California PUC adopts plan to add 25.5GW of renewables by 2023
The California Public Utilities Commission (CPUC) approved plans to add around 25,500 MW of renewable energy resources and 15,000 MW of energy storage and demand response resources by 2032.
The decision also adopted a 35 million metric ton (MMT) electric sector greenhouse gas emission (GHG) planning target. That goal, also to be achieved by 2032, is tighter than an earlier 46 MMT GHG target.
The CPUC said its February 10 decision equates to 73% Renewables Portfolio Standard (RPS) resources and 86% GHG-free resources by 2032.
The preferred system plan portfolio differs from one previously adopted by including more solar and battery storage, as well as new long-duration storage, out-of-state wind, and offshore wind resources.
The decision said the process to include offshore wind in IRP capacity expansion models began in early 2020 and is due to wrap up in 2022. A March 2021 joint agency policy report to state legislators showed that offshore wind was likely to be needed in California’s 100% clean energy portfolio by 2045.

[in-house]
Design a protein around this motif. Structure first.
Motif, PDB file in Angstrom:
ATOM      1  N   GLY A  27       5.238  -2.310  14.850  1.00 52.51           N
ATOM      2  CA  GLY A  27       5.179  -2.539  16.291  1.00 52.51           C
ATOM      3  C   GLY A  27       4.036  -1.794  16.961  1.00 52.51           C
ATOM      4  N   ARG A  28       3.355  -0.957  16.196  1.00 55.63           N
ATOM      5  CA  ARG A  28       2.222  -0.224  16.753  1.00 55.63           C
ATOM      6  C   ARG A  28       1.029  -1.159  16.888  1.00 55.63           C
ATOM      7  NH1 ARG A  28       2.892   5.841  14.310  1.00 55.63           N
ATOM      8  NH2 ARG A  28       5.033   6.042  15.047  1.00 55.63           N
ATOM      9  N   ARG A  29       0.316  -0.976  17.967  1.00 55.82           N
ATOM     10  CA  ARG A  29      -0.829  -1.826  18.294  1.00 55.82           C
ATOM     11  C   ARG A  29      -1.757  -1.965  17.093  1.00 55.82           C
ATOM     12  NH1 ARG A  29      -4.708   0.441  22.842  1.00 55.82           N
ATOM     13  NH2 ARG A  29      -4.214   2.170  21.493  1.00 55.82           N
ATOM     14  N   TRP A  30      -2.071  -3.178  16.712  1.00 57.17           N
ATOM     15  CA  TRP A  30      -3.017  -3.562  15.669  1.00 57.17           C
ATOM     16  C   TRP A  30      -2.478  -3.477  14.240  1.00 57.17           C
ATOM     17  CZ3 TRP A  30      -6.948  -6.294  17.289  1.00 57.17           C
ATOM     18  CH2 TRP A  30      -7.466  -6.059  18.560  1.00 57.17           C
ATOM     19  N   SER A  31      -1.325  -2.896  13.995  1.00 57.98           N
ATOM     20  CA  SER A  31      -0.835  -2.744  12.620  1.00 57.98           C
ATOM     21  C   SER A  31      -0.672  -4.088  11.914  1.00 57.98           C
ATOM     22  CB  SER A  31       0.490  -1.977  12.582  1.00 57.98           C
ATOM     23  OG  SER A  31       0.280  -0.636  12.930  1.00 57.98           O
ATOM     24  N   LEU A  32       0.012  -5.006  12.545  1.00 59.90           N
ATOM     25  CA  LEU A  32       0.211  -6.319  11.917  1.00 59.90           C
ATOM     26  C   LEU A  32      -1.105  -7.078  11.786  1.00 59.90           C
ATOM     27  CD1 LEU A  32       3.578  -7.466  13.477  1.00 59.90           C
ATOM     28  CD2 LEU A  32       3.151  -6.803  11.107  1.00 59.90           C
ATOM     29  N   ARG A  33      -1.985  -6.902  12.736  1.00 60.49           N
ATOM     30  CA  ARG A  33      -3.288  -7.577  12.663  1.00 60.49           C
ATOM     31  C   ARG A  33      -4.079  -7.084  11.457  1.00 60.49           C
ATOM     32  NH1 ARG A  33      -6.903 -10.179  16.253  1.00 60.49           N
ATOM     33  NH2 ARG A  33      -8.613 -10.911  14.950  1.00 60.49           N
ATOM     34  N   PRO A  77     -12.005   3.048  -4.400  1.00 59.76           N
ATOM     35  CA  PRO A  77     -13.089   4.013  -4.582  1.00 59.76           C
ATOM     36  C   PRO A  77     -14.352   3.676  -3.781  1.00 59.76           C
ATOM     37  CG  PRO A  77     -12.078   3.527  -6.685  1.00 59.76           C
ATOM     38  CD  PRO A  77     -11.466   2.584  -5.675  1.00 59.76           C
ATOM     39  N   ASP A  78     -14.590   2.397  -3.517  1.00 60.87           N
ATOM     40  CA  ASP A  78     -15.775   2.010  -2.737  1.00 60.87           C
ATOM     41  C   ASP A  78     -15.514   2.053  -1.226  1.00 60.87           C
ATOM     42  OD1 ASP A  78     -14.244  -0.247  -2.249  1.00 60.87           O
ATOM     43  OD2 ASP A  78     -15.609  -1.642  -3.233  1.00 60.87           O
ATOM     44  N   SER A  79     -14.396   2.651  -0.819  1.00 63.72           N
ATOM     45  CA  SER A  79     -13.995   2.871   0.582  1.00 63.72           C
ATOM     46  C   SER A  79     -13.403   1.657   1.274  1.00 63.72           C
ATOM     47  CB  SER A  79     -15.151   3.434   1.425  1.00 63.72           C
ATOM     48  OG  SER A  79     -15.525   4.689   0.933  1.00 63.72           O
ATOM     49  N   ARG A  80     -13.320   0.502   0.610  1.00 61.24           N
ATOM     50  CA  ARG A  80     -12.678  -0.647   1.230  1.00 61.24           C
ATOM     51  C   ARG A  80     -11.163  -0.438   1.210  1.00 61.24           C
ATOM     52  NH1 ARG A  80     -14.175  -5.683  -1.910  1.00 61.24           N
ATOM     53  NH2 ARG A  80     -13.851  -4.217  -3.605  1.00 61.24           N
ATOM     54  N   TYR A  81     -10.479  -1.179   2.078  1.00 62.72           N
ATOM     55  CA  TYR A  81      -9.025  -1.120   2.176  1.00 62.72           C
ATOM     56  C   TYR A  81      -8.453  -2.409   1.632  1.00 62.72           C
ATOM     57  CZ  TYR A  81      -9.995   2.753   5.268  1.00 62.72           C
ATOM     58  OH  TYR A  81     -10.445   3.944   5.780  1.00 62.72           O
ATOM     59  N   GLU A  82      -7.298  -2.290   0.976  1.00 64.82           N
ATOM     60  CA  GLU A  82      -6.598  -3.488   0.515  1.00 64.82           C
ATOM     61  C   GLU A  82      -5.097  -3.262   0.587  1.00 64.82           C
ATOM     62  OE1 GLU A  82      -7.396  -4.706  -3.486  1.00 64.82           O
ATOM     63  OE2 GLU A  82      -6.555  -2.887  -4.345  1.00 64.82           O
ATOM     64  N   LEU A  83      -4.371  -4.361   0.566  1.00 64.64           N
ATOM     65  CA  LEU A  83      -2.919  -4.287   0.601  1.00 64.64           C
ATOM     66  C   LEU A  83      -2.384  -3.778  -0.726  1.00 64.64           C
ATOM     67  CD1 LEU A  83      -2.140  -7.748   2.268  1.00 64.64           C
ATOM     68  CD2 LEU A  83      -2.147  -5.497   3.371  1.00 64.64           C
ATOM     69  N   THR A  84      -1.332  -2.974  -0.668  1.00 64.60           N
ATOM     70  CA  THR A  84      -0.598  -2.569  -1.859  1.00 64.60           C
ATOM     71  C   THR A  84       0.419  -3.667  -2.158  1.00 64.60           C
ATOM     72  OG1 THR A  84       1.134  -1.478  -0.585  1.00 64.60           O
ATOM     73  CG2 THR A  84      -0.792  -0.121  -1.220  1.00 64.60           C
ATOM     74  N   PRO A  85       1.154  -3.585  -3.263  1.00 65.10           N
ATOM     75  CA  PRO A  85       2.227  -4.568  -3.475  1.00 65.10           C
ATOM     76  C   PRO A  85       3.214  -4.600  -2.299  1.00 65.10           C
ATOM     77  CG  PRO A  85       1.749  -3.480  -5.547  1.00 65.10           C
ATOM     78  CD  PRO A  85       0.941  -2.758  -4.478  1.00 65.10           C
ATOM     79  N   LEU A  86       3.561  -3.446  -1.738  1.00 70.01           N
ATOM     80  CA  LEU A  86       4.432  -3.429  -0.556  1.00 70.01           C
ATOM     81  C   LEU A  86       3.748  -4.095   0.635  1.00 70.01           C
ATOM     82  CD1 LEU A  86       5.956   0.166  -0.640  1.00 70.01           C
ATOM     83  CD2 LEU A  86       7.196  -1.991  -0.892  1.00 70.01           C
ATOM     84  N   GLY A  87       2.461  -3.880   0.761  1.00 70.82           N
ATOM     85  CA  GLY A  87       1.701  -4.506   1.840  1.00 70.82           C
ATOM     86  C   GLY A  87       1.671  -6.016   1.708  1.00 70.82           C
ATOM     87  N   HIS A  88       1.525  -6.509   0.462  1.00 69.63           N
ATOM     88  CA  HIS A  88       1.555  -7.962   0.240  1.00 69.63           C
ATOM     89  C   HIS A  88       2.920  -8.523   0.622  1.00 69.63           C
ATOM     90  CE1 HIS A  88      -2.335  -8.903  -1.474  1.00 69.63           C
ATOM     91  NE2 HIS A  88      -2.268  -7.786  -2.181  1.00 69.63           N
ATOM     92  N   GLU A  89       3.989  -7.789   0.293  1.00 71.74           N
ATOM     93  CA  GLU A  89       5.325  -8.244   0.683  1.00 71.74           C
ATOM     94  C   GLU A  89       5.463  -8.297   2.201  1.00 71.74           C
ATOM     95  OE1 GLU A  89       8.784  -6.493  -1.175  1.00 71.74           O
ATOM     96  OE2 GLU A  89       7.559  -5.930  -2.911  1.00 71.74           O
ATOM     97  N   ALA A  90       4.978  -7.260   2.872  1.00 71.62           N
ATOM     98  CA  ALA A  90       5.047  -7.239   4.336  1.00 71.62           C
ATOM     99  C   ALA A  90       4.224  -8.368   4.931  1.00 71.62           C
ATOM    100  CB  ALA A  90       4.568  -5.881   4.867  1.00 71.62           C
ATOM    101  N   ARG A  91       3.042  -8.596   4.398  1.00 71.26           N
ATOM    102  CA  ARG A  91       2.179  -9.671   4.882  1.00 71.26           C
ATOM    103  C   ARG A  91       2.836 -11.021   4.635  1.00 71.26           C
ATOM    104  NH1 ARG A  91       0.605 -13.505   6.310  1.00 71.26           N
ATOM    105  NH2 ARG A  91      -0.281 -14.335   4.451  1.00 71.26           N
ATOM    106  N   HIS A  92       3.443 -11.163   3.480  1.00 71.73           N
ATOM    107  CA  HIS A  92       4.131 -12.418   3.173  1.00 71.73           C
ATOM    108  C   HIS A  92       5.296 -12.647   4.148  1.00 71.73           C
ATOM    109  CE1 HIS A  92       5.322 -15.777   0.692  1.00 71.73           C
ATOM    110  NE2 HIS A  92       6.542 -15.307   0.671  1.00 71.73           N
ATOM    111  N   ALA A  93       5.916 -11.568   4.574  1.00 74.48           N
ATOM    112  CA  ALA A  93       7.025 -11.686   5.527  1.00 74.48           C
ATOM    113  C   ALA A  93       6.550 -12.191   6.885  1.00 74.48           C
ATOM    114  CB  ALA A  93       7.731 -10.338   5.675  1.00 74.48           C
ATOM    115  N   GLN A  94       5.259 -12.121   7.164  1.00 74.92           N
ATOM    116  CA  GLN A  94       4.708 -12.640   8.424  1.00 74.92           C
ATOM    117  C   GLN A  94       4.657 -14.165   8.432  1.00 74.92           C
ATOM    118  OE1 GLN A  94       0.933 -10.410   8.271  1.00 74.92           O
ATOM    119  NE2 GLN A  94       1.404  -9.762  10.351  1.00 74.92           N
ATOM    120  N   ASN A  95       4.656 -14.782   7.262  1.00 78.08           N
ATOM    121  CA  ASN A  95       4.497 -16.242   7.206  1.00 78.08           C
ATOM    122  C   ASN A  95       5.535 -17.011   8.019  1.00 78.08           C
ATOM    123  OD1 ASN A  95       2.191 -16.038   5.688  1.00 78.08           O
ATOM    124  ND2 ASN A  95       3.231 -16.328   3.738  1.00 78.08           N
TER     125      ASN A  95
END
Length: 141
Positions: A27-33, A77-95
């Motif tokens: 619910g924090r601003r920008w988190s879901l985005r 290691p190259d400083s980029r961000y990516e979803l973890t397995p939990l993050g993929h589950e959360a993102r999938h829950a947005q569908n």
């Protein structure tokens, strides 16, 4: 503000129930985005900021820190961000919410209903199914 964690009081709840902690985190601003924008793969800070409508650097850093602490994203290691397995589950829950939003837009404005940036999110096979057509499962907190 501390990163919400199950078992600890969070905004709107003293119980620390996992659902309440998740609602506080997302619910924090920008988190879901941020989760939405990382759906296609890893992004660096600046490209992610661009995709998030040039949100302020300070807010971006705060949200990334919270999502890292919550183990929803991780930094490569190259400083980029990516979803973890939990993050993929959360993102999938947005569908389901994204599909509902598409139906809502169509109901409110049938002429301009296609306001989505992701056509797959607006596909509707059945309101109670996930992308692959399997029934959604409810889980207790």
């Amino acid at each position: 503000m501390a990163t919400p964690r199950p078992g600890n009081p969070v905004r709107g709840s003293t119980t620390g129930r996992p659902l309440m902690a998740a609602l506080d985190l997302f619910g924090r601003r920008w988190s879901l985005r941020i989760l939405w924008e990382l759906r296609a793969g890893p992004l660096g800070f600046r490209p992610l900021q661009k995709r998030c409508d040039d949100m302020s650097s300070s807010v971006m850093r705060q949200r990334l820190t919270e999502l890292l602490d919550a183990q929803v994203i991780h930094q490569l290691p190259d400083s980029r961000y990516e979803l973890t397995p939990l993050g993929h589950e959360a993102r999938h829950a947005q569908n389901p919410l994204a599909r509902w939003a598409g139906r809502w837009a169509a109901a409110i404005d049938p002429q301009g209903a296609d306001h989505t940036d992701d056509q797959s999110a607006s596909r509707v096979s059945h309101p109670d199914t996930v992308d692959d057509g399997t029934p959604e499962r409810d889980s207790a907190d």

The commission said that three load serving entities already have included around 300 MW of offshore wind in their integrated resource plans. Those resources would connect to the state’s electric power grid at interconnection points in Humboldt County and at Central Coast locations.
Including offshore and out-of-state wind resources show their increased viability as “cost-effective resources” to help meet state goals, the CPUC said.
A preliminary analysis of CPUC’s preferred system plan portfolio of the load serving entities (LSEs) indicated that sufficient space exists for these new resources on the existing transmission system. It said that “only limited transmission upgrades” would be needed by 2032.
The CPUC said this finding would be validated in detail by the California Independent System Operator (CAISO) in its 2022-2023 Transmission Planning Process (TPP). The TPP is an evaluation of the CAISO transmission grid to identify grid upgrades needed to address reliability, meet state policy goals, and provide economic benefits.
The regulatory decision also ordered utility procurement of two battery storage projects that were identified by the CAISO as alternatives to transmission upgrades in the previous TPP cycle. The projects are both in Pacific Gas and Electric’s service area. They include a 95 MW 4-hour storage resource on the Kern-Lamont 115 kV system and a 50 MW 4-hour storage resource at the Mesa 115 kV substation.
Source: Renewable Energy